Cyanide has implemented all this in a way that is completely faithful to the board game. There is a big variety of different dungeons, some favoring agile teams and some bashy teams. Some have little water and few dangers, while some are veritable death pits. There is a good amount of tile sets, and games proceed very differently depending on which of the maps you play on. In the weeks I played it, I never grew bored of the maps. As far as Cyanide's own additions go, the inclusion of a multitude of maps is probably the best. This is reinforced by the fact that Dungeonbowl actually includes a dungeon editor for all your homebrew needs, to be discussed later.


The game unfortunately has its share of balance-issues that plagued the board game as well. Since there is no half-time in Dungeonbowl (the game is simply played until someone scores a touchdown), players with the Secret Weapon trait who would normally get sent off at half-time, or whenever a drive ended, now stay on the field until the game is over. Currently, this means that any team with access to the Dwarven Steamroller, a Strength 7 juggernaught of death and destruction, can safely ignore the Secret Weapon limitation and go kill stuff good. For goblins, this means that the chainsawing, bomb-throwing psychopaths can stay on the field until someone crushes their face (another reason the Steamroller is unbalanced, since crushing its... face, is extremely difficult if not nearly impossible) or the game ends. Another rule change from Blood Bowl is that players are never sent out of the dungeon for fouling, so feel free to foul away to your heart's content.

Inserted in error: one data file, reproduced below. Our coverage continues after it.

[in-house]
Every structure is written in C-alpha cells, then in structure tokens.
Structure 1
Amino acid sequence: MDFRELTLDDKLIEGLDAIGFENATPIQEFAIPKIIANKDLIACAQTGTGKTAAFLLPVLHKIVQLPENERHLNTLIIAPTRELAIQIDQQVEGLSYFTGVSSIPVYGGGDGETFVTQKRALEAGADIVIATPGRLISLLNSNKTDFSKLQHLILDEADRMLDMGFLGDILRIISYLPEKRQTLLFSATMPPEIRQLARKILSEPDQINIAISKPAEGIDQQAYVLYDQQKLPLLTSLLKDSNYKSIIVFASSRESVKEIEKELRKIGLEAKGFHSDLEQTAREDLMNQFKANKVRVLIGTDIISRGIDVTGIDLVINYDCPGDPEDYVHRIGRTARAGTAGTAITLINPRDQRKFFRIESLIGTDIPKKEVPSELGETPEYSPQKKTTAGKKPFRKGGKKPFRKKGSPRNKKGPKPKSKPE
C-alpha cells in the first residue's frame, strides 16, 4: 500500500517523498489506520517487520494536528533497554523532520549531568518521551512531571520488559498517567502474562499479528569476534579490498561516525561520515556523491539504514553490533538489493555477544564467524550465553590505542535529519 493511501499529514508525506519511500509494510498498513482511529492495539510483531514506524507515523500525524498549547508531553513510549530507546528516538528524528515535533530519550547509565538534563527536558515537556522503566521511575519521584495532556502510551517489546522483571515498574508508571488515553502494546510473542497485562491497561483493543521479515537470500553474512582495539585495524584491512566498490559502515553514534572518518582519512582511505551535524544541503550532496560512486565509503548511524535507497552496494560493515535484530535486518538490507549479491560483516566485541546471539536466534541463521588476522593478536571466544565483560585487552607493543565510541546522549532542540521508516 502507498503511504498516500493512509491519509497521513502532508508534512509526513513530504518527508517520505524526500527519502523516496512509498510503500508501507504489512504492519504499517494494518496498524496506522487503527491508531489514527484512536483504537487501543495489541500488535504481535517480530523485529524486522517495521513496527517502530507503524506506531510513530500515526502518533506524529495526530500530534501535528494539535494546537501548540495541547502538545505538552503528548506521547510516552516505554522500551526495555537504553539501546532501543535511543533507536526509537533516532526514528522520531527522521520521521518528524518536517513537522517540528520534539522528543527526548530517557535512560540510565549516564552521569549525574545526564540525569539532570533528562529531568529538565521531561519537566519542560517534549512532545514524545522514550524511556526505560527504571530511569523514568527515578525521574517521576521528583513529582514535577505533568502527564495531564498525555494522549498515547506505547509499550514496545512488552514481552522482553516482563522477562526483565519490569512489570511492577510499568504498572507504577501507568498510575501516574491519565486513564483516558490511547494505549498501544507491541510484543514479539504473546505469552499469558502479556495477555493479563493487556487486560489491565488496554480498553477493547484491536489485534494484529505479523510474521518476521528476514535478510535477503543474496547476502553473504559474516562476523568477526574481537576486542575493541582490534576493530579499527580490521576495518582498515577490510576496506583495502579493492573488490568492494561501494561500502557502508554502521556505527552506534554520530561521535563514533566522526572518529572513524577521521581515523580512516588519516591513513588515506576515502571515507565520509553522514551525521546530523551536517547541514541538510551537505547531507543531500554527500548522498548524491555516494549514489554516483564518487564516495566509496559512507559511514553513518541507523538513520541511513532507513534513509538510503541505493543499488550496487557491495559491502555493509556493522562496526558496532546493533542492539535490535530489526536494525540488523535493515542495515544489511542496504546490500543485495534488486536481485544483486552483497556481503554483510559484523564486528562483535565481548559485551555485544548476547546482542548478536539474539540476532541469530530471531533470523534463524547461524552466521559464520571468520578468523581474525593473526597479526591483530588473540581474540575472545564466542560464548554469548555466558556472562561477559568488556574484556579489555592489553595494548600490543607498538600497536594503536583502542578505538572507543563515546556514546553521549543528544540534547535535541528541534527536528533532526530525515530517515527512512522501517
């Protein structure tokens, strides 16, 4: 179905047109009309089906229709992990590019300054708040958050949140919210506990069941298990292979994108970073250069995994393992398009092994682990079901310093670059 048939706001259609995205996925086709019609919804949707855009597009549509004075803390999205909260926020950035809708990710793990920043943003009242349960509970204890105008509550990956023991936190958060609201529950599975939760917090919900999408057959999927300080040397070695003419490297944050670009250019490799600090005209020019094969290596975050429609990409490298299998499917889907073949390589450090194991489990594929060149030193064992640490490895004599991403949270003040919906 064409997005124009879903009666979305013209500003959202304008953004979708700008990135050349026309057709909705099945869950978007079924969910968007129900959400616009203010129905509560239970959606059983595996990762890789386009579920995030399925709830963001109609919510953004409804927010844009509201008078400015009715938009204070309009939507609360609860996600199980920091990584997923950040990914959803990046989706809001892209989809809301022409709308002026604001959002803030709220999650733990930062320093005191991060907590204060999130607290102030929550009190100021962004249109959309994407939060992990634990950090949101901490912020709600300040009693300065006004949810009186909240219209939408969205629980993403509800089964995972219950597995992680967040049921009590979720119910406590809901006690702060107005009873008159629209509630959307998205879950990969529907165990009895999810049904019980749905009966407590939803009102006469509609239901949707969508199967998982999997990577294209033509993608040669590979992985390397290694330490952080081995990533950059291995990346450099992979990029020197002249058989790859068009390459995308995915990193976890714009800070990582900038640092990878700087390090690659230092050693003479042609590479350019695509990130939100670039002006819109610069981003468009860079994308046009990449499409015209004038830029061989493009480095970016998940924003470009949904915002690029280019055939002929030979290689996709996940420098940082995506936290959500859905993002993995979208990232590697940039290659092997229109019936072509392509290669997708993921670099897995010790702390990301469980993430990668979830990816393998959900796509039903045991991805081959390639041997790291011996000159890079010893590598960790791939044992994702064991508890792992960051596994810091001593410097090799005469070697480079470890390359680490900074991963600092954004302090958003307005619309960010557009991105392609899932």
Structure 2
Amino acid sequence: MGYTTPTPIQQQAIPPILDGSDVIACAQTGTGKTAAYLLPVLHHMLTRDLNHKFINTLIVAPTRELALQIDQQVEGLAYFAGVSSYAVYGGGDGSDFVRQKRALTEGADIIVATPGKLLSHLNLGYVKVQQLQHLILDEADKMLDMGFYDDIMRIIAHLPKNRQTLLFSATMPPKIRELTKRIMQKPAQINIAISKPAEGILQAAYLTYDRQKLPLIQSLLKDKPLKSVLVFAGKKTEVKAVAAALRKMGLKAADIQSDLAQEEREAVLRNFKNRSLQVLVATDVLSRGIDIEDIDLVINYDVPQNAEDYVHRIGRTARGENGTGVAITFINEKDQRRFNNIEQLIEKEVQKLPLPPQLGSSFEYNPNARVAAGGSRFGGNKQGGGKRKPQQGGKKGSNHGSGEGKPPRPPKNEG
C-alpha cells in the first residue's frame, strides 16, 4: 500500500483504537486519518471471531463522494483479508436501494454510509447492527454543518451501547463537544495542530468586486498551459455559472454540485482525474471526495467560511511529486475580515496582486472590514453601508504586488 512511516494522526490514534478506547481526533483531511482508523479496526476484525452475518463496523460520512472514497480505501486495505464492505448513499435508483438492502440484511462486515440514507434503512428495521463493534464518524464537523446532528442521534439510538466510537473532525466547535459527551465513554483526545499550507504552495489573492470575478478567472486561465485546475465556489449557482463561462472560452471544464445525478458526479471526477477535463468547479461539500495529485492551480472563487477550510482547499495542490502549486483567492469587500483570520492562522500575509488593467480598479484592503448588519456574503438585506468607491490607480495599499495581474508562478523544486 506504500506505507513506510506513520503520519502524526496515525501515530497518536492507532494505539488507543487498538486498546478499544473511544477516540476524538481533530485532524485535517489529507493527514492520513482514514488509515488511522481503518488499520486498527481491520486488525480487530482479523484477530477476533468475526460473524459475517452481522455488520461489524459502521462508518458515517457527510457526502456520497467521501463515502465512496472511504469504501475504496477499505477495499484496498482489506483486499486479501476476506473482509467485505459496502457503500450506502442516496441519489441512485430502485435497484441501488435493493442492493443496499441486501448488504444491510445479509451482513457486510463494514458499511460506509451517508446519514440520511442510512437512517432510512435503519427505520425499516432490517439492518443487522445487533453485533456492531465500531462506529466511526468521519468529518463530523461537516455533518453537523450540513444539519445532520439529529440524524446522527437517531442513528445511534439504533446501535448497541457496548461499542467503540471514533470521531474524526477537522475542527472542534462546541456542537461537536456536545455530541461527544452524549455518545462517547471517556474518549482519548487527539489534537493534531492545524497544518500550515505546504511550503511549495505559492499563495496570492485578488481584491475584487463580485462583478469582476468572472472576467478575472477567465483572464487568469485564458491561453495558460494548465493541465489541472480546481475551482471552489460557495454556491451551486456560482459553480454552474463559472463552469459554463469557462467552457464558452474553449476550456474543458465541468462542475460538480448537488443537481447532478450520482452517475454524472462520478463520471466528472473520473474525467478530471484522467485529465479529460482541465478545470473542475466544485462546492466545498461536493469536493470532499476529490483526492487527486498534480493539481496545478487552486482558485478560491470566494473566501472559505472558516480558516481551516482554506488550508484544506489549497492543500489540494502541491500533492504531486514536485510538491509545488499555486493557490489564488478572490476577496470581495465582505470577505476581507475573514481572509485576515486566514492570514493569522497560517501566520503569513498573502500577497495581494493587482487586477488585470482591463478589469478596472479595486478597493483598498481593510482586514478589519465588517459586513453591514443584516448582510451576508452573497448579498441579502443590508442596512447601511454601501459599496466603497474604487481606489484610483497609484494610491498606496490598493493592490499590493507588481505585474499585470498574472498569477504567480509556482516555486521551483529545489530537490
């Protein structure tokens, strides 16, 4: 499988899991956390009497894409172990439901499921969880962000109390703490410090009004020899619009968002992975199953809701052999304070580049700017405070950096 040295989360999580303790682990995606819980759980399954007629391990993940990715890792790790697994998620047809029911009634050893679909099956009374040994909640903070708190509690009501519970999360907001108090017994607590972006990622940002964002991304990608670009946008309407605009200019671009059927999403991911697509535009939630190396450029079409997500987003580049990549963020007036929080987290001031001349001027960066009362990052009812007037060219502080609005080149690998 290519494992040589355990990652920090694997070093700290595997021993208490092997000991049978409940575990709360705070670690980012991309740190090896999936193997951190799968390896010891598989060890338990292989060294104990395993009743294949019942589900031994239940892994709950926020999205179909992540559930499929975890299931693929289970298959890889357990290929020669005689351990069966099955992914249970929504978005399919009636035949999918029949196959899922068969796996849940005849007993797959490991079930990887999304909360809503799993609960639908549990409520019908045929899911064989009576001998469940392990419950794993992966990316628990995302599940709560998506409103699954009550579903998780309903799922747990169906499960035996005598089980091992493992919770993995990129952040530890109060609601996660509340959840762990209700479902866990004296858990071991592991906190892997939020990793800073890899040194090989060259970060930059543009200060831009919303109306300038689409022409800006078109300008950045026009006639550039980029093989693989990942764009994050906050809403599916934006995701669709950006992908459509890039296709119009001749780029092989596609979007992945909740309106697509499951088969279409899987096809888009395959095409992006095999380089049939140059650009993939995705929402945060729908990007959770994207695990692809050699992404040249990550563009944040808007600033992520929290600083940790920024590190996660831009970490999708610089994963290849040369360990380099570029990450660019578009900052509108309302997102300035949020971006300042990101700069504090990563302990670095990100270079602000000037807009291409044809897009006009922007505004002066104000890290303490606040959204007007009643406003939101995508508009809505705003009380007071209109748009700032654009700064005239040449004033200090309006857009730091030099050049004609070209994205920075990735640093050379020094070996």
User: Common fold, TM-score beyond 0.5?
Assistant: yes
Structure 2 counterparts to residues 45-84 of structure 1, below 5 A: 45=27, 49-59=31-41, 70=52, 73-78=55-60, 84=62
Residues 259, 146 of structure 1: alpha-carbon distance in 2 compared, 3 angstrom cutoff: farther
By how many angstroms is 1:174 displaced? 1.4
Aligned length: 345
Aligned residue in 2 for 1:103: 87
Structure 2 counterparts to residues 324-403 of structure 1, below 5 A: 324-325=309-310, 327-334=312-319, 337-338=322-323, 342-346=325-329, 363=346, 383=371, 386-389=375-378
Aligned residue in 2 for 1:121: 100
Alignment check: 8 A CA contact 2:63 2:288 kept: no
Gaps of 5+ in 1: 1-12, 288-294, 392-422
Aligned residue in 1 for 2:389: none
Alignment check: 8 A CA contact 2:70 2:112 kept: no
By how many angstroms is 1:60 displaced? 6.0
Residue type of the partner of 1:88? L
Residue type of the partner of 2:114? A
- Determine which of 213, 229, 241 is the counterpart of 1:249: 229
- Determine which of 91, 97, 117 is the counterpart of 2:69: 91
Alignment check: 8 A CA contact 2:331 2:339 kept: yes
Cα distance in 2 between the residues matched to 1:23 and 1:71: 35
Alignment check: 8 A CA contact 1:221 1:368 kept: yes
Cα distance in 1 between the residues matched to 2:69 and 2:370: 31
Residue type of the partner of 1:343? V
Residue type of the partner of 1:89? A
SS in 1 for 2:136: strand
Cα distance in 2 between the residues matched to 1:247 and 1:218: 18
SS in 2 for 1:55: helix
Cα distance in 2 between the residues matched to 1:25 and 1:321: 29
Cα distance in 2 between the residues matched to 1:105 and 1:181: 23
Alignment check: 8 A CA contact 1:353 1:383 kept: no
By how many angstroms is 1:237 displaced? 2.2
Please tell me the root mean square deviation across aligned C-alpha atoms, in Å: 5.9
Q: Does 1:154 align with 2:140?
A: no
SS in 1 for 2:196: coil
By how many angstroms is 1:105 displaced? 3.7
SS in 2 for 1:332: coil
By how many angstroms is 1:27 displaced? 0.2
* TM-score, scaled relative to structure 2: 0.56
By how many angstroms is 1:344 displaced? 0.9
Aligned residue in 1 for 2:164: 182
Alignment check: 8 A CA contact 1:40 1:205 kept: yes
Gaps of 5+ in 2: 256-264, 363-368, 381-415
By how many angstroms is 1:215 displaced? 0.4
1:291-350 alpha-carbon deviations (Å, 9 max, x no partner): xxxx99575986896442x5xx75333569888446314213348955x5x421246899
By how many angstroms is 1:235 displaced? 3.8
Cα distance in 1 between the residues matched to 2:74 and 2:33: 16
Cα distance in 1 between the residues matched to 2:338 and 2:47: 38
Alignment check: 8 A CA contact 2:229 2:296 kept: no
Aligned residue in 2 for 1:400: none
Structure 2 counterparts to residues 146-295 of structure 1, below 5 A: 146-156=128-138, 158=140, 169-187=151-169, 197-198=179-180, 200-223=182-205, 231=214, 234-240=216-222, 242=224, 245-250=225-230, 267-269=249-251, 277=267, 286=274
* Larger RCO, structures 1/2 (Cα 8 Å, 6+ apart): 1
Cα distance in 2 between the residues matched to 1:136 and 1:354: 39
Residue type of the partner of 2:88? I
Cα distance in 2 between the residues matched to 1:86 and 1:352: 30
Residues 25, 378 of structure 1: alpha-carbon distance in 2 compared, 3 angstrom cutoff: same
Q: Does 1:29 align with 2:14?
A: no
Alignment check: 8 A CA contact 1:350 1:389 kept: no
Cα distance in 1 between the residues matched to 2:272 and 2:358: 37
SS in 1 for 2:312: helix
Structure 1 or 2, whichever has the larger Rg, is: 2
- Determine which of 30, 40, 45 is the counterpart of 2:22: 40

On the one hand, this is a balance issue. On the other hand, Blood Bowl, and Dungeonbowl in particular, is hardly a fair game anyway. The game is about luck almost as much as skill, and much hilarity and brutality arises from that.

When playing a Cyanide game, one could reasonly expect it to be somewhat buggy. However, in the time I spent in Dungeonbowl, I only encountered two bugs. In my very first game, the opposing player was not allowed to set up his starting players. The other bug I encountered was the “camera side-lock” which is also a permanent problem in Blood Bowl – the camera scrolls to the side and locks itself. This problem is solved easily by switching camera-angles, however, and mostly happens when you alt-tab back into the game. The game alt-tabs quite easily and without problems for the most part, which can be important in a ranked, online match. It does share Blood Bowl's odd quirk in this regard though, as you have to alt-tab twice on most systems to actually return to your desktop.

The camera itself is another thing which some players might find problematic. It can, at time, be difficult to get a complete overview over the match. As it is the same camera used in Blood Bowl, it can also be tricky to get the camera to show the right angle when you have two players fighting near a wall in the dungeon or similarly being a bit out of sight. While I found these problems more than manageable, some will certainly be annoyed by them. The problems of the Blood Bowl camera are, in other words, made slightly worse by the fact that games now take place in a dungeon with high walls and different kinds of obstacles in them.